Everhart Covered Bridge
(GPS N40 20.64 W76 54.58)
With all the bridges that we have lost over the past five or so years it is really heart warming to see an old historical structure that was saved and put in storage and now has been rebuilt on a new site. After reading the sign at Everhart bridge I do believe all credit must go to Mrs. Margaret Wister Meigs. After you read the following you can understand.
The Everhart Covered Bridge was built in 1881 to span the Little Buffalo Creek in Oliver Township, Perry County. Mrs. Margaret Wister Meigs, the preserver of the Fort Hunter purchased the bridge in 1940 for $70. saving it from demolition. She moved the bridge to this property placing it directly on the ground of the mansion's front lawn. In 1980 during the park development the bridge was dismantled once again and placed in storage. Upon examination for reconstruction, experts discovered many rotted and ruined structural elements, the result of two dismantling and forty years of resting on the ground. These elements however, proved invaluable in the recreating the current bridge.
The Bridge is located in Harrisburg at Fort Hunter Park. Take state routs 22/322 east to the Fishing Creek exit, turn right on to Front Street, 1 block turn left and you are at the park entrance. The bridge has a length of 36 feet and crosses only dry land. It is open to foot traffic only. The structure has a Multi King Post Truss design. the original builder is unknown. The bridge is in excellent condition.
Henniger Covered Bridge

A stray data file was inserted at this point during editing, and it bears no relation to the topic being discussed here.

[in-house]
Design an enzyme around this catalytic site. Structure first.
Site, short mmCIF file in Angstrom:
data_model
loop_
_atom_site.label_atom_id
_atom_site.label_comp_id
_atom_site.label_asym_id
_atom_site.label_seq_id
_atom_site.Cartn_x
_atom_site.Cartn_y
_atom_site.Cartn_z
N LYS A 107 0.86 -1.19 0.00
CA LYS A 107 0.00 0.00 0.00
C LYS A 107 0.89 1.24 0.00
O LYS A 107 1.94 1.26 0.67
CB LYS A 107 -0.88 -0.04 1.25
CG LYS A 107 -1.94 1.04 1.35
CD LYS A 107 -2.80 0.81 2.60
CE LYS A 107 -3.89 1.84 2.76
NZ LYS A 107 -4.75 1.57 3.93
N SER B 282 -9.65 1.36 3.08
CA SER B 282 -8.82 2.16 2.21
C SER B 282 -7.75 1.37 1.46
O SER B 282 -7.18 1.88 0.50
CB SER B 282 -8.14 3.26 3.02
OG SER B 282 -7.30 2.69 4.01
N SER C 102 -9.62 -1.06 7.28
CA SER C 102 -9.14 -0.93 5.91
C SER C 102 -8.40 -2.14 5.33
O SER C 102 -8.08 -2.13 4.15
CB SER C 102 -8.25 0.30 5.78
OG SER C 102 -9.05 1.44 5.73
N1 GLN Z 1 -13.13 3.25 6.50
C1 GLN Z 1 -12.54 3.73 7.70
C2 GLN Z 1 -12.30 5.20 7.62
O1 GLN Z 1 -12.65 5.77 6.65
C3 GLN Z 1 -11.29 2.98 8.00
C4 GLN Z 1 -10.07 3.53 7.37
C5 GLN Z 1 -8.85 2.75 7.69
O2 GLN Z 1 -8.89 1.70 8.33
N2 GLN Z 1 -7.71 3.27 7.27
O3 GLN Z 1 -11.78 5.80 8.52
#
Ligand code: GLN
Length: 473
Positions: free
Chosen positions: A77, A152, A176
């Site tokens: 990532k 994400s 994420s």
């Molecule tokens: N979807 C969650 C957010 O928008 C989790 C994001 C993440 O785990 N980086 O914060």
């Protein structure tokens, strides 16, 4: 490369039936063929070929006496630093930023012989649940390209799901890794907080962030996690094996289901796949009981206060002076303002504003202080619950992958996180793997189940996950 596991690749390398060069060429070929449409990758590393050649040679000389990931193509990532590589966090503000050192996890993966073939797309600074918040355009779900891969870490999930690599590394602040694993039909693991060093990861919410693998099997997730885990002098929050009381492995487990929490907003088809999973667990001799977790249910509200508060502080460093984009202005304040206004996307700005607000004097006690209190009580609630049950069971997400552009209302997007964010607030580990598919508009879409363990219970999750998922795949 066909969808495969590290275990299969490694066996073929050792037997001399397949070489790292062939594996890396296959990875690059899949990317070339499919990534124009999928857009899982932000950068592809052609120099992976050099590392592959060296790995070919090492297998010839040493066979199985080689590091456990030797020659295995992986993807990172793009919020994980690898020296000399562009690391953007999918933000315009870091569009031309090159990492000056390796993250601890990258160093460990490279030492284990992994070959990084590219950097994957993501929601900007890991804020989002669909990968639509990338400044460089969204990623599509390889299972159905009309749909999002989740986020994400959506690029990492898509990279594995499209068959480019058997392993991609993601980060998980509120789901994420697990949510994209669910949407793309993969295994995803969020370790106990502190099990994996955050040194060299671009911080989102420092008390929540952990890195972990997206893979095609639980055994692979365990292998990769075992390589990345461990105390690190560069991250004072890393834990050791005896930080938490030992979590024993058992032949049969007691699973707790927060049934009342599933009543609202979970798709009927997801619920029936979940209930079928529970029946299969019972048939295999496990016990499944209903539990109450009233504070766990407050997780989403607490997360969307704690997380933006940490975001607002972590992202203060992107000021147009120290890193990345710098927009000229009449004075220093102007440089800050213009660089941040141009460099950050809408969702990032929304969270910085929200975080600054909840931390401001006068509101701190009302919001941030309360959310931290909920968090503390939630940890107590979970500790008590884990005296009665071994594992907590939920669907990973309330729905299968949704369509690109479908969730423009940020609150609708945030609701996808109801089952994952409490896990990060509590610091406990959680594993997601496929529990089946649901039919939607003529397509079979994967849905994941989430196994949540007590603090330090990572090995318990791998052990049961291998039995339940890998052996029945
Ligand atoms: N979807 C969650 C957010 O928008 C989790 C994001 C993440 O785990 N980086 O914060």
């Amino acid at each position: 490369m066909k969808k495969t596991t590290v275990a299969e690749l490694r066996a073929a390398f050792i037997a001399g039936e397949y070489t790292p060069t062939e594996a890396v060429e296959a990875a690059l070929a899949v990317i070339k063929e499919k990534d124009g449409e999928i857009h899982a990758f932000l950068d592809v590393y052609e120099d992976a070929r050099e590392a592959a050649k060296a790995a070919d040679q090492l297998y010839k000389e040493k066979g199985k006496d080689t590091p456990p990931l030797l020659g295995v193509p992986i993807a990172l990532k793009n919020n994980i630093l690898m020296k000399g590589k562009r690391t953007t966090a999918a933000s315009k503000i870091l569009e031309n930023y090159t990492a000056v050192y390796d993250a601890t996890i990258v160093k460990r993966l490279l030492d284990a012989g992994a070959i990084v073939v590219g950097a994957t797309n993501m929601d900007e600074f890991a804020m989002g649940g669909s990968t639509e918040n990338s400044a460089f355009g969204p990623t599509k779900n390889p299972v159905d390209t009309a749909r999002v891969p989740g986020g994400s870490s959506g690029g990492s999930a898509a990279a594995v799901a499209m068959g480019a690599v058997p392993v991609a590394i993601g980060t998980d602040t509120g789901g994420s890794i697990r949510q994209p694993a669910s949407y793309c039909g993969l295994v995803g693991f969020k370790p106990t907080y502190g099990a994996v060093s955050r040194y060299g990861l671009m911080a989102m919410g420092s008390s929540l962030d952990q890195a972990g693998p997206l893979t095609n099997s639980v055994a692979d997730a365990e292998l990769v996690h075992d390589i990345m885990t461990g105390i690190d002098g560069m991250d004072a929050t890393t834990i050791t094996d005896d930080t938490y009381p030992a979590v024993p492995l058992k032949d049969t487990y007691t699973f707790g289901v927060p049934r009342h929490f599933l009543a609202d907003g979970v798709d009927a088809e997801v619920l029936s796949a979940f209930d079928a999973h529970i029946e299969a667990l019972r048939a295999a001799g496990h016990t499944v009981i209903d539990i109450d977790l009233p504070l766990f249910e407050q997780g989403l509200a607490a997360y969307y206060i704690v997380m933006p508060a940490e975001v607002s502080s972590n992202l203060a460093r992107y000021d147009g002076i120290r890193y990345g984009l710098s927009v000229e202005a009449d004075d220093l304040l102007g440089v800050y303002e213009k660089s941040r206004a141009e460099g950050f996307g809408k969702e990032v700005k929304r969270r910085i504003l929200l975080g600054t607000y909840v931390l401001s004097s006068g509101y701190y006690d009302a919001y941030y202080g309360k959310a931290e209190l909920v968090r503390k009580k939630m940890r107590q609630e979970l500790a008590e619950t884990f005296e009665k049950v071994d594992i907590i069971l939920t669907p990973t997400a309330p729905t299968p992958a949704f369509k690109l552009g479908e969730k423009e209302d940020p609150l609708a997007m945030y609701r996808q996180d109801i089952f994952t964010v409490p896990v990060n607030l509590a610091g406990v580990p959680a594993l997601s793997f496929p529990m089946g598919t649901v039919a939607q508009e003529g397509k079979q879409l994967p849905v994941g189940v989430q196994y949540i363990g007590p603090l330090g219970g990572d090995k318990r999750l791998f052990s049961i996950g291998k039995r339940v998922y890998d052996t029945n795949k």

(GPS N40 34.64 W 76 47.04)
Henninger farm (Stroup covered bridge) is located NE of Elizabethville,Pa., in Washington twp. Drive 2.2 miles east of Jct. Pa. 225 on US 209, then left 0.7 miles on SR 1006 and right on TR 617 to North Road TR 624 then left for about half a mile to the bridge.
The bridge is of the Burr arch design, I have no information as to the date of construction or the builders. The bridge length is 72 feet the width is 16 feet and crosses the Wisconisco Creek. The bridge is only open to foot traffic. The bridge had been bypassed by a cement structure. The covered bridge structure is in an area surrounded by rolling hills of farm fields and wooded area. This is the only covered bridge in Dauphin County and is owned and maintained by the county.
Update: When I first photographed the Henninger bridge (February 2003) it had been extensively damaged by arson. I found out that Dauphin county had appropriated money to refurbish or reconstruct the bridge. I returned to the bridge site in February 2007 and found the new structure to be completely reconstructed. The bridge is now used as a picnic area, what a pleasant area to sit and just enjoy the bridge or surrounding landscape.